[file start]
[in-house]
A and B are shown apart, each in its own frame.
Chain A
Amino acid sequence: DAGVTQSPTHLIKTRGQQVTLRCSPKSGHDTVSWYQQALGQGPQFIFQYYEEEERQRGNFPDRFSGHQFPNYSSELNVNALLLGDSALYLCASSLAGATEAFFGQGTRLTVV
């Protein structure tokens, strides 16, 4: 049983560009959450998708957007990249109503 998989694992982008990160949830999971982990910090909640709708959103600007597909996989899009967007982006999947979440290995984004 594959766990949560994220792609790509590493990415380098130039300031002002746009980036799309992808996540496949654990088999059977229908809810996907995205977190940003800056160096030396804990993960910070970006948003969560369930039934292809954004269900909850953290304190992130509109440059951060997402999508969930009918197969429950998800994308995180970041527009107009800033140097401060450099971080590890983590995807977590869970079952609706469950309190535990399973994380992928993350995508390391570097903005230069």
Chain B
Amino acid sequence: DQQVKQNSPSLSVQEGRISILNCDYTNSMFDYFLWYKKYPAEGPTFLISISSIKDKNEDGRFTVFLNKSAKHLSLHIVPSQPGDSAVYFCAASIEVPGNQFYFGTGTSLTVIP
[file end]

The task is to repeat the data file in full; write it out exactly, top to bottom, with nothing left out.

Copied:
[in-house]
A and B are shown apart, each in its own frame.
Chain A
Amino acid sequence: DAGVTQSPTHLIKTRGQQVTLRCSPKSGHDTVSWYQQALGQGPQFIFQYYEEEERQRGNFPDRFSGHQFPNYSSELNVNALLLGDSALYLCASSLAGATEAFFGQGTRLTVV
């Protein structure tokens, strides 16, 4: 049983560009959450998708957007990249109503 998989694992982008990160949830999971982990910090909640709708959103600007597909996989899009967007982006999947979440290995984004 594959766990949560994220792609790509590493990415380098130039300031002002746009980036799309992808996540496949654990088999059977229908809810996907995205977190940003800056160096030396804990993960910070970006948003969560369930039934292809954004269900909850953290304190992130509109440059951060997402999508969930009918197969429950998800994308995180970041527009107009800033140097401060450099971080590890983590995807977590869970079952609706469950309190535990399973994380992928993350995508390391570097903005230069």
Chain B
Amino acid sequence: DQQVKQNSPSLSVQEGRISILNCDYTNSMFDYFLWYKKYPAEGPTFLISISSIKDKNEDGRFTVFLNKSAKHLSLHIVPSQPGDSAVYFCAASIEVPGNQFYFGTGTSLTVIP